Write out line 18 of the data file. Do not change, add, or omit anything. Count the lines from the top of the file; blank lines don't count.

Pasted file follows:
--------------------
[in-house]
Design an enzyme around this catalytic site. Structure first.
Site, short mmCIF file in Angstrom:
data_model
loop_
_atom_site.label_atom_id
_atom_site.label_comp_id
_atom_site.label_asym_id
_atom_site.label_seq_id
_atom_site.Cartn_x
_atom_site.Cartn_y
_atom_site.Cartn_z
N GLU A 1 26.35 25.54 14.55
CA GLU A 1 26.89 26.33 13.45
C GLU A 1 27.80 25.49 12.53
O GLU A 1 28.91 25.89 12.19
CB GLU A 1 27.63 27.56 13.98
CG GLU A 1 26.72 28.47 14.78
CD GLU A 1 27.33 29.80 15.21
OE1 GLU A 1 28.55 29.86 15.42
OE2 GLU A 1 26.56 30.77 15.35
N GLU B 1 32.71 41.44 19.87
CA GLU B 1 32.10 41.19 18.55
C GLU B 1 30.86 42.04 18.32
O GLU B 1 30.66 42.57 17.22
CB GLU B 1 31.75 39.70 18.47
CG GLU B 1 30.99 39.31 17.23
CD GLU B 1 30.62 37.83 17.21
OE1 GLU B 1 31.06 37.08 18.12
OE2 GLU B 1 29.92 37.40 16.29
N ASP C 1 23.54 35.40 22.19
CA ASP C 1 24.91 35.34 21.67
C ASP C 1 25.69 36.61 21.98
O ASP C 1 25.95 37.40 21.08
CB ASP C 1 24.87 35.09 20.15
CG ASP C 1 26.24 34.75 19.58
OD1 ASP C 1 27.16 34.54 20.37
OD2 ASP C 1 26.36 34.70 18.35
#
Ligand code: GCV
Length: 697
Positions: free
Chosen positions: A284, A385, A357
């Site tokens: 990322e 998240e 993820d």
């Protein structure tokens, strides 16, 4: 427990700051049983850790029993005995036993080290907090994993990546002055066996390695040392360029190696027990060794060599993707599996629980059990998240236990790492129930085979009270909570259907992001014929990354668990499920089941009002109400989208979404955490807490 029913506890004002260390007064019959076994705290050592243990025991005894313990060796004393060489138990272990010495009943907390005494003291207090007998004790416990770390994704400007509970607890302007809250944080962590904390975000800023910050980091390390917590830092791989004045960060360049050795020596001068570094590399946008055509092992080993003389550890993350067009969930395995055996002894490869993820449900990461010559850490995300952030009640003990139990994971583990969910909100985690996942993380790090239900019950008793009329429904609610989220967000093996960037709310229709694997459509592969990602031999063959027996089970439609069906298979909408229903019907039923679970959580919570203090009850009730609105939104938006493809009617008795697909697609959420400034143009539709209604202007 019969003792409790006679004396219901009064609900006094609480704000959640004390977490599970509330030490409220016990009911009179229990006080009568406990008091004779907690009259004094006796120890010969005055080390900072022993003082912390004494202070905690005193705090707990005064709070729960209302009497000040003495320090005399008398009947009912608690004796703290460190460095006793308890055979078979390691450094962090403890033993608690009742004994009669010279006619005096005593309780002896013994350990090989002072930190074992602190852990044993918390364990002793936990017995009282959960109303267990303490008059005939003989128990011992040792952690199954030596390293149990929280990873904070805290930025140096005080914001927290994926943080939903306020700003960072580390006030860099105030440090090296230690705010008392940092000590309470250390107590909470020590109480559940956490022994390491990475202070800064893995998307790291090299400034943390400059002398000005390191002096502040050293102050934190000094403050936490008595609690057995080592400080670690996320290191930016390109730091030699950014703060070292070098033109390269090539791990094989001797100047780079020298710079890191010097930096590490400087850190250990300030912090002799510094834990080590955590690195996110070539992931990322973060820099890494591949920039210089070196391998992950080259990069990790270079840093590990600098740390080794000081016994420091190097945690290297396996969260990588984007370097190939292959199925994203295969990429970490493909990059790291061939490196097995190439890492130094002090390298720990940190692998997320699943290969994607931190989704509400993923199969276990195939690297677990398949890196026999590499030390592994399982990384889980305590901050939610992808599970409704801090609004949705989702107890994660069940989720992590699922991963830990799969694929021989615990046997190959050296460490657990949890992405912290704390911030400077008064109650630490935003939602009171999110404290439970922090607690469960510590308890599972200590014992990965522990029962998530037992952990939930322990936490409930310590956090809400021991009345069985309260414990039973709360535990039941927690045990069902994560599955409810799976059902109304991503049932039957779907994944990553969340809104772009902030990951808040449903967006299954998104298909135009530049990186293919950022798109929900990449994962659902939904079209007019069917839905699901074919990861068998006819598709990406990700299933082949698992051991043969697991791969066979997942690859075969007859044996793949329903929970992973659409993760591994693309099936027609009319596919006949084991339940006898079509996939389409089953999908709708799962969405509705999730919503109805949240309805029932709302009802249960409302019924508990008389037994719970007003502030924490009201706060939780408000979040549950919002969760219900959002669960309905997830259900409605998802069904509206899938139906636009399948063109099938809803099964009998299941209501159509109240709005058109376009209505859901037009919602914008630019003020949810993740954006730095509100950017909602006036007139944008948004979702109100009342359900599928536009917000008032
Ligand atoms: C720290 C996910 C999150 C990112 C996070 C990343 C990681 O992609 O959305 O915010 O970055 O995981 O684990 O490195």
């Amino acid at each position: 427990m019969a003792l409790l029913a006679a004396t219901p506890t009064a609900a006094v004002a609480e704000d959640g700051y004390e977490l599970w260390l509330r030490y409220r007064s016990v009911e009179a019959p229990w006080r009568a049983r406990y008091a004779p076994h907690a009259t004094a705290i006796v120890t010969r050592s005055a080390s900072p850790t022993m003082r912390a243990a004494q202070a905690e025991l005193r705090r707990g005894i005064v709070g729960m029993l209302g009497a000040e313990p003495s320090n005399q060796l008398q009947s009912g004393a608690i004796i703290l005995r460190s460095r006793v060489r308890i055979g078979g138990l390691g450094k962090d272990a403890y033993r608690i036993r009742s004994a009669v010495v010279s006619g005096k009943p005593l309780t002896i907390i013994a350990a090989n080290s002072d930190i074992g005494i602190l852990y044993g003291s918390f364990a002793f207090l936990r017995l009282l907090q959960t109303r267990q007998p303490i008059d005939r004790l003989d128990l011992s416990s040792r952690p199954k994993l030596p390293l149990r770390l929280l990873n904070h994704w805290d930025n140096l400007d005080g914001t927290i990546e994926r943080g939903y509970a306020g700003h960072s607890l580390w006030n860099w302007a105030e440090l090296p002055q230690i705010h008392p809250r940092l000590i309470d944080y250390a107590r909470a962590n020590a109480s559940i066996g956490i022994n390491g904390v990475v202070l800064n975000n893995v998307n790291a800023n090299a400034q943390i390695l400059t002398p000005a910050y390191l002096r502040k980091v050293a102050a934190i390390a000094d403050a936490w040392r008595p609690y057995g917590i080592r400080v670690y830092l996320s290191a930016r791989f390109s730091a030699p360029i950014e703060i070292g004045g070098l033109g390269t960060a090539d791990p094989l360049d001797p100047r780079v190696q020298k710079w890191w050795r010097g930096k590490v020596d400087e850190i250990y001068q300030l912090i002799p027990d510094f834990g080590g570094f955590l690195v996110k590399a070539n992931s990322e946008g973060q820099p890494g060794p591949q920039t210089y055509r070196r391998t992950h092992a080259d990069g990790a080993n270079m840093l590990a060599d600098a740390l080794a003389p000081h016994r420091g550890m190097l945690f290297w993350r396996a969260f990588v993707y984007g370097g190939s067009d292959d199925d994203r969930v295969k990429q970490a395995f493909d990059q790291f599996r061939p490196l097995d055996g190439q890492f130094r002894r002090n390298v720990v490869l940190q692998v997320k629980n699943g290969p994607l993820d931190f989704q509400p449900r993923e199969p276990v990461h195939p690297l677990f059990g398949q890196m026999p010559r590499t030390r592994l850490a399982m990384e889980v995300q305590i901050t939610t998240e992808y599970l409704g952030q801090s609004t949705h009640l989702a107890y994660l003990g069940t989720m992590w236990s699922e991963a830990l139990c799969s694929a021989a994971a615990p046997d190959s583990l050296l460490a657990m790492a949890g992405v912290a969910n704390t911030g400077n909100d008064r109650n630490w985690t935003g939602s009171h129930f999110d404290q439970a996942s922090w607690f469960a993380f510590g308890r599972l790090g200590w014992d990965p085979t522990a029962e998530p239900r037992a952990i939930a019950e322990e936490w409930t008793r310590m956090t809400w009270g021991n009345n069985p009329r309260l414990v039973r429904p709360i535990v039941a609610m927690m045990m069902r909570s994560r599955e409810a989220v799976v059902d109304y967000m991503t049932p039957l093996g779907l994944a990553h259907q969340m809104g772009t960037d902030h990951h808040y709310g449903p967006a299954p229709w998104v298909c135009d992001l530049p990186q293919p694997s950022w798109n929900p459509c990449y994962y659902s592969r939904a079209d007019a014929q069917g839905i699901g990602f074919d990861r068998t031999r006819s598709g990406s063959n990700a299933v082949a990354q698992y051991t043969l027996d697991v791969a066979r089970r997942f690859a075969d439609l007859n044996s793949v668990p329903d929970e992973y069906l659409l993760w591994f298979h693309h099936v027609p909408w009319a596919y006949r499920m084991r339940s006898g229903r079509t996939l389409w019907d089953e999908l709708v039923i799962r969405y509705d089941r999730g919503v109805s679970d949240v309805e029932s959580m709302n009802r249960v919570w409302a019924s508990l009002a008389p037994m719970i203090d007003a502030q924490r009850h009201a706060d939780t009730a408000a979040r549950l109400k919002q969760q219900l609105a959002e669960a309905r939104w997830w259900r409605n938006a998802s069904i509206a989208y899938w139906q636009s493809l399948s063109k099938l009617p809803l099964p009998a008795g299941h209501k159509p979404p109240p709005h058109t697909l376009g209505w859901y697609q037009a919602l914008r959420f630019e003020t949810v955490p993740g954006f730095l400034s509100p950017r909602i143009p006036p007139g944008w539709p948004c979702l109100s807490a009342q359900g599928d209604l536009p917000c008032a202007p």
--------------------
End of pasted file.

CG GLU A 1 26.72 28.47 14.78